Hoi Duc-Anh Orphanage

From Vietnam Veteran Joe Rokus’ of the ‘Phu Lamers’ account in recently published book on the Vietnam War (details how to buy this book soon).

Edited from special Chapter sent to AVI to share with other orphans:


Hoi Duc-Anh is now a school for the blind and that the school has been in operation since 1975. Some details about this school are available on a web site of the Royal National Institute for the Blind in London, England. This site, which is intended to provide “Information for Professionals Working with Visually Disabled People”, lists hundreds of organizations around the world that are working on behalf of blind and visually impaired people. Of the six organizations in Vietnam, two are in Ho Chi Minh City and the other four in Hanoi. The following information is provided for the organization now operating at 185 Cong Quynh Street, District 1, the same address shown on adoption papers from Hoi Duc-Anh from April 1975.


185 Cong Quynh Street
District 1
Ho Chi Minh City

Tel.: 84 83 96697

Activities: Education including the teaching of Braille, Braille library, School for blind teenage orphans. Vocational training and creating employment for the blind. Plan for Rehabilitation and Vocational Center for the Blind. .. As indicated above, in 1975 the Vietnamese authorities effectively banned the Cao Dai religious sect, which had operated Hoi Duc-Anh. Consequently, it is almost certain that The Association for the Protection of Children was dissolved not long after the take-over, probably in 1975…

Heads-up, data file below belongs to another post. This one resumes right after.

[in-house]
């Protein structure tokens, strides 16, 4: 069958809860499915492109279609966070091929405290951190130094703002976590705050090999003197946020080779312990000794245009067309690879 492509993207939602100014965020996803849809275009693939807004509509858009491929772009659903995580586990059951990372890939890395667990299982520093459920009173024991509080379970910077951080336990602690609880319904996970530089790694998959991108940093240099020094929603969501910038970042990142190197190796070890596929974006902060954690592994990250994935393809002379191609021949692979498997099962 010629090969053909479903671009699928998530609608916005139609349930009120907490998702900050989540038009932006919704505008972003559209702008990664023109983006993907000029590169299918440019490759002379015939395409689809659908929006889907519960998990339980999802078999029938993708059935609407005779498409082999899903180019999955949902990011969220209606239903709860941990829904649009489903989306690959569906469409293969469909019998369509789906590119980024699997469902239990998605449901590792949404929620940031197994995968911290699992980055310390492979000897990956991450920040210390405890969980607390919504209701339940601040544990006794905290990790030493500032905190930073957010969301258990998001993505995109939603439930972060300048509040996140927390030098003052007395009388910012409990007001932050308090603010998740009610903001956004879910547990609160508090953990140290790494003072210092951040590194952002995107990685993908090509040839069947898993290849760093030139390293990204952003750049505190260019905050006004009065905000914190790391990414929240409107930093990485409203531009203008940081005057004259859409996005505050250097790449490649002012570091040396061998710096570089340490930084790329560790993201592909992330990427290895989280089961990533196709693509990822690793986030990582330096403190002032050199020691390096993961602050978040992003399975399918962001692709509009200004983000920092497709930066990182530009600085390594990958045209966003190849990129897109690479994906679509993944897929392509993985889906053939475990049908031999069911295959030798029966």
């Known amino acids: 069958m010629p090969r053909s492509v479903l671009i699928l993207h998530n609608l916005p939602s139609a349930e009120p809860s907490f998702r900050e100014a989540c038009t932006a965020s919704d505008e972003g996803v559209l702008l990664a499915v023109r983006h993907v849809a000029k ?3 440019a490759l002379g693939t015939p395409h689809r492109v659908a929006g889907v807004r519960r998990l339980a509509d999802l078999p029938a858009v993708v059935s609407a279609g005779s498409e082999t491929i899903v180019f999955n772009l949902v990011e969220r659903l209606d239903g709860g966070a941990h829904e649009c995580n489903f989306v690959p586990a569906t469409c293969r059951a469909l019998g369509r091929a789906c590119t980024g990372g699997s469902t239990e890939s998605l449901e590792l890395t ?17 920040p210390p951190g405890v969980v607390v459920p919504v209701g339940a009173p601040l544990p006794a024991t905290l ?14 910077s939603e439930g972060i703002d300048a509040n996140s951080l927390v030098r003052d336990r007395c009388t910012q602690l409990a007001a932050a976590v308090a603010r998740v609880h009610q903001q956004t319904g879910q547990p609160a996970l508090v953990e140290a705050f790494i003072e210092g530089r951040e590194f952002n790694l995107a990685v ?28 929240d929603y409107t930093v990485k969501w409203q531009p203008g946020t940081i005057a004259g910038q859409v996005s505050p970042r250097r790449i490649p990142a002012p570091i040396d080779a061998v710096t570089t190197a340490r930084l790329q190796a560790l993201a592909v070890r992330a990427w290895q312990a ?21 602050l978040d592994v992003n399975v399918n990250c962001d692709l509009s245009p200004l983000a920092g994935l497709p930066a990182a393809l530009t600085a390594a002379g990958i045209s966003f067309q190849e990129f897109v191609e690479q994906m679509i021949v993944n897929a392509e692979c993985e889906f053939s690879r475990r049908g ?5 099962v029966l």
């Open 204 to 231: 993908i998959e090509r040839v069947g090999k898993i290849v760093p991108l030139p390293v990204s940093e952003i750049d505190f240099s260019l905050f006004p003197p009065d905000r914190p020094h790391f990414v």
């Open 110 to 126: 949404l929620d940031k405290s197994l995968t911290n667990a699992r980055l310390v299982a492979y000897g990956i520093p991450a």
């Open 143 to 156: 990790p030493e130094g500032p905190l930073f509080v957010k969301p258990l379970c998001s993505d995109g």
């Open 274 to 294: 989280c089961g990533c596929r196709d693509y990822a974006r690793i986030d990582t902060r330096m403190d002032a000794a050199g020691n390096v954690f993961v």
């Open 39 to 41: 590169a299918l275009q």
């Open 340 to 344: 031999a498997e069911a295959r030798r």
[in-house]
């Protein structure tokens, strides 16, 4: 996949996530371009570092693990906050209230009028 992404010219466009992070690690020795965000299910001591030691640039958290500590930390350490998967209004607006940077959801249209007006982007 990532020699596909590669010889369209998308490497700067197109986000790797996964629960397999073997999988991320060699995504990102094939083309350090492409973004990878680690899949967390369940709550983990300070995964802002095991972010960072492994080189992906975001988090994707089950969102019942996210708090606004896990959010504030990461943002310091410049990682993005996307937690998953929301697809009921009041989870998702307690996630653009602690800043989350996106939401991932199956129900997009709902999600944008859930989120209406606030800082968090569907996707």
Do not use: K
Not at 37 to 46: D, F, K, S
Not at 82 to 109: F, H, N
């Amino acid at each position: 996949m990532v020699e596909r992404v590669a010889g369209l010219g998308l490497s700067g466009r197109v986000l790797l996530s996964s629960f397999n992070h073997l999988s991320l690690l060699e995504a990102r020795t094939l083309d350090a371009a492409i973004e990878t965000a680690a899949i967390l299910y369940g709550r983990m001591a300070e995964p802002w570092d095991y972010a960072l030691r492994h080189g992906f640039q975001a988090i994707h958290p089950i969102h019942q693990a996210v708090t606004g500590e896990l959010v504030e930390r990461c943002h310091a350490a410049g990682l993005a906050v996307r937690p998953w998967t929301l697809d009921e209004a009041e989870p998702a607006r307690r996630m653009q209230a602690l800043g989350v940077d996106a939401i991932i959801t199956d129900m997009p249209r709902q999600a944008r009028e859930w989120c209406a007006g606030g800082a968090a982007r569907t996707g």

The history of the Phu Lam communications base and the several thousand Signal Corps men who served there is made up of many facets – some happy, some sad. Hoi Duc-Anh is part of the former. The men not only accomplished the military mission they were called upon to perform in an outstanding and professional manner, but they often went beyond the call of duty, such as in their support of the Hoi Duc-Anh Orphanage. In reflecting back on what the Phu Lamers actually accomplished some thirty or more years ago, at the top of the list must be the processing of countless messages that played a vital role in the conduct of the war. However, maybe in retrospect, what they did to help the kids at Hoi Duc-Anh, who were among the most innocent victims of the war, turned out to be at least as important as their primary military mission. We will never know exactly how the lives of the kids at the orphanage were changed because the men at Phu Lam cared about them, but there can be no doubt that that change was a positive one. Hopefully all of Phu Lam’s “adopted” children at Hoi Duc-Anh are now enjoying happy and peaceful lives.